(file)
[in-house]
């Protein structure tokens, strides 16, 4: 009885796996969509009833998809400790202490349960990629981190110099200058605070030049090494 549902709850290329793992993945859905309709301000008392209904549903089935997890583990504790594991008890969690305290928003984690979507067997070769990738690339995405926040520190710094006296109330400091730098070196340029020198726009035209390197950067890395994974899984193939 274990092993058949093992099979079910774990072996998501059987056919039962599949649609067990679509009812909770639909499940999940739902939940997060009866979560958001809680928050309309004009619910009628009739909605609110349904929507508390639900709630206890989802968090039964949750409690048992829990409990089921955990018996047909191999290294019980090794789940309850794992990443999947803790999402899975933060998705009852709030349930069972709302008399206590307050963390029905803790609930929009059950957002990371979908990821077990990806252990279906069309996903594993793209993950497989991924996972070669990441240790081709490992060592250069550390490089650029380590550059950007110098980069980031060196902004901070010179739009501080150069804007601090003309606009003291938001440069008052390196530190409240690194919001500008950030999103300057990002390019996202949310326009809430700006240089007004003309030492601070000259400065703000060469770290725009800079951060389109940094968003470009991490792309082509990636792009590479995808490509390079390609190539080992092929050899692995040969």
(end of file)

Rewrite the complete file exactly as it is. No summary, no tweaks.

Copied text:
[in-house]
């Protein structure tokens, strides 16, 4: 009885796996969509009833998809400790202490349960990629981190110099200058605070030049090494 549902709850290329793992993945859905309709301000008392209904549903089935997890583990504790594991008890969690305290928003984690979507067997070769990738690339995405926040520190710094006296109330400091730098070196340029020198726009035209390197950067890395994974899984193939 274990092993058949093992099979079910774990072996998501059987056919039962599949649609067990679509009812909770639909499940999940739902939940997060009866979560958001809680928050309309004009619910009628009739909605609110349904929507508390639900709630206890989802968090039964949750409690048992829990409990089921955990018996047909191999290294019980090794789940309850794992990443999947803790999402899975933060998705009852709030349930069972709302008399206590307050963390029905803790609930929009059950957002990371979908990821077990990806252990279906069309996903594993793209993950497989991924996972070669990441240790081709490992060592250069550390490089650029380590550059950007110098980069980031060196902004901070010179739009501080150069804007601090003309606009003291938001440069008052390196530190409240690194919001500008950030999103300057990002390019996202949310326009809430700006240089007004003309030492601070000259400065703000060469770290725009800079951060389109940094968003470009991490792309082509990636792009590479995808490509390079390609190539080992092929050899692995040969």